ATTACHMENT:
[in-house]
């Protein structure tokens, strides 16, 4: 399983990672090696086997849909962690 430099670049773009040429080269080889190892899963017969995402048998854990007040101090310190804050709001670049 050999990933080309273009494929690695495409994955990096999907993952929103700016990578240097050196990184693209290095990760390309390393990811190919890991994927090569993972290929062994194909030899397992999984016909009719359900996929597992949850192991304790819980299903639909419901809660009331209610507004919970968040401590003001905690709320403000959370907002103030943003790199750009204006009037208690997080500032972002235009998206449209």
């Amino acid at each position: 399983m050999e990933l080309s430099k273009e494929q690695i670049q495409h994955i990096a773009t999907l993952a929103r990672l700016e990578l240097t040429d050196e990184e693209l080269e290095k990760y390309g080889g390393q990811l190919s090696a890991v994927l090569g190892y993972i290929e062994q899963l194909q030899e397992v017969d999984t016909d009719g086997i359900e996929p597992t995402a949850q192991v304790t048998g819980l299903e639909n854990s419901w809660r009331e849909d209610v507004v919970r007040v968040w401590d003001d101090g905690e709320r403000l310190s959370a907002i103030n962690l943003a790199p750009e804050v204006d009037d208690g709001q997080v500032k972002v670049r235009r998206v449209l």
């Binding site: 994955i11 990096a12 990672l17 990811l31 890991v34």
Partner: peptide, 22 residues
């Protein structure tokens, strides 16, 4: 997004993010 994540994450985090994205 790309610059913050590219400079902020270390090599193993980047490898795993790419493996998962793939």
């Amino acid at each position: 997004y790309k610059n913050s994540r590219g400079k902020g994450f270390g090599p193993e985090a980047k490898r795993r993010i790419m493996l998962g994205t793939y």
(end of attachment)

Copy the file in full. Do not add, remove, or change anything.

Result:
[in-house]
């Protein structure tokens, strides 16, 4: 399983990672090696086997849909962690 430099670049773009040429080269080889190892899963017969995402048998854990007040101090310190804050709001670049 050999990933080309273009494929690695495409994955990096999907993952929103700016990578240097050196990184693209290095990760390309390393990811190919890991994927090569993972290929062994194909030899397992999984016909009719359900996929597992949850192991304790819980299903639909419901809660009331209610507004919970968040401590003001905690709320403000959370907002103030943003790199750009204006009037208690997080500032972002235009998206449209």
């Amino acid at each position: 399983m050999e990933l080309s430099k273009e494929q690695i670049q495409h994955i990096a773009t999907l993952a929103r990672l700016e990578l240097t040429d050196e990184e693209l080269e290095k990760y390309g080889g390393q990811l190919s090696a890991v994927l090569g190892y993972i290929e062994q899963l194909q030899e397992v017969d999984t016909d009719g086997i359900e996929p597992t995402a949850q192991v304790t048998g819980l299903e639909n854990s419901w809660r009331e849909d209610v507004v919970r007040v968040w401590d003001d101090g905690e709320r403000l310190s959370a907002i103030n962690l943003a790199p750009e804050v204006d009037d208690g709001q997080v500032k972002v670049r235009r998206v449209l």
């Binding site: 994955i11 990096a12 990672l17 990811l31 890991v34």
Partner: peptide, 22 residues
């Protein structure tokens, strides 16, 4: 997004993010 994540994450985090994205 790309610059913050590219400079902020270390090599193993980047490898795993790419493996998962793939």
């Amino acid at each position: 997004y790309k610059n913050s994540r590219g400079k902020g994450f270390g090599p193993e985090a980047k490898r795993r993010i790419m493996l998962g994205t793939y």